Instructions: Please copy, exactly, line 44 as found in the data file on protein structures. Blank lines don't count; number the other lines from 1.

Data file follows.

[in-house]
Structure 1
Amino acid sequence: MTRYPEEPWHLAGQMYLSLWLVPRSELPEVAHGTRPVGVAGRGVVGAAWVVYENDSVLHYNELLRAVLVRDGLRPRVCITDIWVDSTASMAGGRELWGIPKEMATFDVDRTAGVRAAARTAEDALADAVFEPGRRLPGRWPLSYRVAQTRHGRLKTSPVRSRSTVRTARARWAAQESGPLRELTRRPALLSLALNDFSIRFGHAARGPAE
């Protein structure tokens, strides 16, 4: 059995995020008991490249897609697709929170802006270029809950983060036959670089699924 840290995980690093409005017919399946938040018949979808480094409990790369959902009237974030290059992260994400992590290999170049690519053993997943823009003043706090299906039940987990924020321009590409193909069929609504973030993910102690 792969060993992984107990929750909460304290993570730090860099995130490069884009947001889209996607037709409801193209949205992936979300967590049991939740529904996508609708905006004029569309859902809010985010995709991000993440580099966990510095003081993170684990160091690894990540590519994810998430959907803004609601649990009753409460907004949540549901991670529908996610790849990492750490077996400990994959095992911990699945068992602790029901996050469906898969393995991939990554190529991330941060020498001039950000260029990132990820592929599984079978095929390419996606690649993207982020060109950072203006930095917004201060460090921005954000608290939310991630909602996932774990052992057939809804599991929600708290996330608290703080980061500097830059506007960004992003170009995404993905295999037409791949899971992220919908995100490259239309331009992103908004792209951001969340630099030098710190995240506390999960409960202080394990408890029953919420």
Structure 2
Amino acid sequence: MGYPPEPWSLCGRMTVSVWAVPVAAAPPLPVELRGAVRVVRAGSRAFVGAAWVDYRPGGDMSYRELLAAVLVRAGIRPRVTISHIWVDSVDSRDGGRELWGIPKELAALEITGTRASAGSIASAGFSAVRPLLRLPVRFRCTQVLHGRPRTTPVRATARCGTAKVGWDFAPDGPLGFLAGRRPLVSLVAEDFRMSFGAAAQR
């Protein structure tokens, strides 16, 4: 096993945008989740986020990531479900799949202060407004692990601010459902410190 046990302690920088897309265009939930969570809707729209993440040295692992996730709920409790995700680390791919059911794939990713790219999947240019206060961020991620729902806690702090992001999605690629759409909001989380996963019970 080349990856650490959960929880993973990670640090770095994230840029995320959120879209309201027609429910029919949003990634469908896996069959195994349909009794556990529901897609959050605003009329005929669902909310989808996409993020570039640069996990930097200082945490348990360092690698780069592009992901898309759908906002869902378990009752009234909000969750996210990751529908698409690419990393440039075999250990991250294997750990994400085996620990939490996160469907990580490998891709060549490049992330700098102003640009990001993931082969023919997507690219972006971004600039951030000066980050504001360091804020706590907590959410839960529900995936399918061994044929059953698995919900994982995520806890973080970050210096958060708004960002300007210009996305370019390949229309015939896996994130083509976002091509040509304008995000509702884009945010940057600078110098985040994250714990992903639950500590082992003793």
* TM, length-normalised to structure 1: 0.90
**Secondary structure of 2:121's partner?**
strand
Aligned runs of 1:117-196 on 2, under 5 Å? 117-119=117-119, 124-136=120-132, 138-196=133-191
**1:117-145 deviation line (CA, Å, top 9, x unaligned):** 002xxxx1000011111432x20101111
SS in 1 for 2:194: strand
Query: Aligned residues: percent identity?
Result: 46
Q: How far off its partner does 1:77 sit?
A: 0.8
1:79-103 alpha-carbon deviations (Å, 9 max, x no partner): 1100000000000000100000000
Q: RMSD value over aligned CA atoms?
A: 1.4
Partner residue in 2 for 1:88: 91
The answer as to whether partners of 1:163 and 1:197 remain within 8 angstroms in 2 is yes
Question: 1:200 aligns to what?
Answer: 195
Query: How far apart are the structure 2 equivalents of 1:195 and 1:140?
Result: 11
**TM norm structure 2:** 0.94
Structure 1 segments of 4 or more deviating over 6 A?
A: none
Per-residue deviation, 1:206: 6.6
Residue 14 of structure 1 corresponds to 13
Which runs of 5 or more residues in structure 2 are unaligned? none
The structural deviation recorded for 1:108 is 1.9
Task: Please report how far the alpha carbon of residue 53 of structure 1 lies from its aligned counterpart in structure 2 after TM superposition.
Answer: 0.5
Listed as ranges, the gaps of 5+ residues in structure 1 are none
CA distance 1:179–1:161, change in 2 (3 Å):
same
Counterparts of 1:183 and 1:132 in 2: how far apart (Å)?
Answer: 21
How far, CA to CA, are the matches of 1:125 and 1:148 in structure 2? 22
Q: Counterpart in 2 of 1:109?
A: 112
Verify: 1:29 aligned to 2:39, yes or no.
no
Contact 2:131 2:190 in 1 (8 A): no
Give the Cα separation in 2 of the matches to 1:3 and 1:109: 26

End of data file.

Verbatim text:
Verify: 1:29 aligned to 2:39, yes or no.